bio | website | sma.epfl.ch/~moric |
---|---|---|
location | ||
age | ||
visits | member for | 4 years, 5 months |
seen | Feb 4 '13 at 13:05 | |
stats | profile views | 407 |
Jul 2 |
awarded | Curious |
Apr 23 |
awarded | Yearling |
Feb 3 |
asked | another diameter-perimeter-area inequality |
Feb 2 |
accepted | a diameter-perimeter-area inequality for convex figures |
Feb 2 |
comment |
a diameter-perimeter-area inequality for convex figures
oh i see, you are right. so there is no non-trivial inequality of this type, which explains why i couldn't find it in the literature :) |
Feb 1 |
comment |
a diameter-perimeter-area inequality for convex figures
I had checked before both references (by Scott and Awyong and by Burago and Zalgaller), but I couldn't find what I need. |
Feb 1 |
asked | a diameter-perimeter-area inequality for convex figures |
Nov 9 |
comment |
two polynomial equations
in fact, there is a "big" chance, maybe up to some small technical assumptions on $f$, for this reason: the partial differential equation we get for $f$ by eliminating $t$ is precisely the equation that characterizes ruled surfaces $z=f(x,y)$, see mathoverflow.net/questions/77865/… however, in the old book by salmon a shorter deduction of the characterizing equation is given (that uses no diff geo), but i find it incomplete. the statement above, if it has a short proof (that doesn't use the fact we are actually proving!), would clarify it. |
Nov 9 |
comment |
two polynomial equations
maybe that part was equally convoluted, but i need the following: fix a point $(x_0,y_0)$; that point will give us some $t$, say $t=15$. now we are looking at the set of all other points $(x,y)$ that would give us also $t=15$, and i would like to claim that that set must contain a line through $(x_0,y_0)$. |
Nov 9 |
comment |
two polynomial equations
@fedja: why is $f(x,y)=x^2-y^2$ a counterexample? I want the set of $(x,y)$ for which $t$ is equal to a constant $c$ to be either empty or contain a line. in this case, for $c=1$ we get the whole plane, for $c\neq1$ it's empty. |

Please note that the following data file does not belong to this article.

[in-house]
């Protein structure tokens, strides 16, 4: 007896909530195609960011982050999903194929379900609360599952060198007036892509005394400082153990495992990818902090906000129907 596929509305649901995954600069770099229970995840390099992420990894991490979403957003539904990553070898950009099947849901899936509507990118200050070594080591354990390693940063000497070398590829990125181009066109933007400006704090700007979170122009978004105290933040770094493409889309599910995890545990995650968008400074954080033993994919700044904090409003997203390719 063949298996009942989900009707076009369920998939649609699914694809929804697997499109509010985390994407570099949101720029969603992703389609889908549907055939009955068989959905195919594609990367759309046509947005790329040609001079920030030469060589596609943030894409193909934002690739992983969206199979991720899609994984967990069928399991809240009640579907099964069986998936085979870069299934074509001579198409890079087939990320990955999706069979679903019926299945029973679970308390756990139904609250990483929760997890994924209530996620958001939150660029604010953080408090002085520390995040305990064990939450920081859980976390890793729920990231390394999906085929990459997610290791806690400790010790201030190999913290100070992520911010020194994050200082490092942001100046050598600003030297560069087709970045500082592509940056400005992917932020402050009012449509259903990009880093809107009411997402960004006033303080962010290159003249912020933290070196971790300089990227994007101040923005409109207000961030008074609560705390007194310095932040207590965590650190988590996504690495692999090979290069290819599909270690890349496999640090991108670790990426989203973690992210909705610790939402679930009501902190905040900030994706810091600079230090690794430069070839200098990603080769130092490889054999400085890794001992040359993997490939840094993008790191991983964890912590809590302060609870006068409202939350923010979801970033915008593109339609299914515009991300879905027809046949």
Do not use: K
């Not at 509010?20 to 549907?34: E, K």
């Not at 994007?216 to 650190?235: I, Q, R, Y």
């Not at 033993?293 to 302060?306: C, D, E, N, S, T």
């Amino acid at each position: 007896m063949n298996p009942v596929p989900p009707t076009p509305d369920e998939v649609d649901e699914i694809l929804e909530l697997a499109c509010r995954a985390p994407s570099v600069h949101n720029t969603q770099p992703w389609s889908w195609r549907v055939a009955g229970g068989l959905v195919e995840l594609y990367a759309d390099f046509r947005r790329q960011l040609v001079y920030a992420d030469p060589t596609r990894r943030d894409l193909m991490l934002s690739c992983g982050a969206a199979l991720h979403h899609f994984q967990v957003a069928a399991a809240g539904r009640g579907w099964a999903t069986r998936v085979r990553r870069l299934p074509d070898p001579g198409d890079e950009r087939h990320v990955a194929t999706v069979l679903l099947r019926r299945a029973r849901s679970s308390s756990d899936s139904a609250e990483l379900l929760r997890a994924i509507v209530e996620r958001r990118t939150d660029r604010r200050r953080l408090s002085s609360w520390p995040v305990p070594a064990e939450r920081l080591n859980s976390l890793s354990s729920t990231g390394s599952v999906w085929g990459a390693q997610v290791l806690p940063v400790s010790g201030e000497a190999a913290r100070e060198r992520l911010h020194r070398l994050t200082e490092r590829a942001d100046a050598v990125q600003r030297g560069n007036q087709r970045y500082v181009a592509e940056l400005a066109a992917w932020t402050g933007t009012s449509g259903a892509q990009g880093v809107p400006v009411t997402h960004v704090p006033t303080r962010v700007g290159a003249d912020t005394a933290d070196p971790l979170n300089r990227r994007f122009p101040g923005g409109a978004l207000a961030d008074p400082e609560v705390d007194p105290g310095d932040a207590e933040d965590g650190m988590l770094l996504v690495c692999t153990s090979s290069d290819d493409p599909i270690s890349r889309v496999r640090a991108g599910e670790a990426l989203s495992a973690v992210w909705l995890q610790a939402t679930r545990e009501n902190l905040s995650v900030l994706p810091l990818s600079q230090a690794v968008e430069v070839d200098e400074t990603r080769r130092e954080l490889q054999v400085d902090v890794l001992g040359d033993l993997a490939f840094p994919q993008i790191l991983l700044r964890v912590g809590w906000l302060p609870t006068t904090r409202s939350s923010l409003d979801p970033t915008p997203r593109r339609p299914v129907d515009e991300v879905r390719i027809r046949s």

Nov 9 |
asked | two polynomial equations |
Apr 23 |
awarded | Yearling |
Apr 2 |
accepted | dimension of a real affine variety |
Apr 2 |
revised |
intersections of real algebraic sets (a bezout-type question)
added 269 characters in body |
Jan 1 |
awarded | Popular Question |
Oct 13 |
accepted | partial differential equation for ruled surfaces |
Oct 12 |
comment |
partial differential equation for ruled surfaces
@Robert(concerning your last comment): that's exactly the kind of answer i was looking for, except that i don't understand what is the "II-trace-free part of III" and "discriminant" (is it the same as here en.wikipedia.org/wiki/Discriminant?). also, if you want you can put your comment as an answer. thx. |
Oct 12 |
comment |
partial differential equation for ruled surfaces
@michael: ok, sorry, i see you're right. in fact, i'd be satisfied with the form $z=f(x,y)$, i.e. if the surface is described parametrically as $(x,y,f(x,y))$. then i'm looking for a partial equation in $f$. |
Oct 12 |
comment |
partial differential equation for ruled surfaces
here faculty.fairfield.edu/jmac/rs/halftw.htm they mention an equation $x^2z_{xx}+2xyz_{xy}+y^2z_{yy}=0$, but it's not the right one, it misses e.g. $z=xy$ (probably this equation gives only a subclass of the ruled surfaces). |
Oct 12 |
comment |
partial differential equation for ruled surfaces
yes, i'm looking for a partial equation that characterizes the ruled surfaces, but preferably for surfaces given by $f(x,y,z)=0$ and not in the parametric form. so if we're given a surface $f(x,y,z)=0$ we just plug in $f$ in the partial equation and we know that it's ruled iff we get 0. |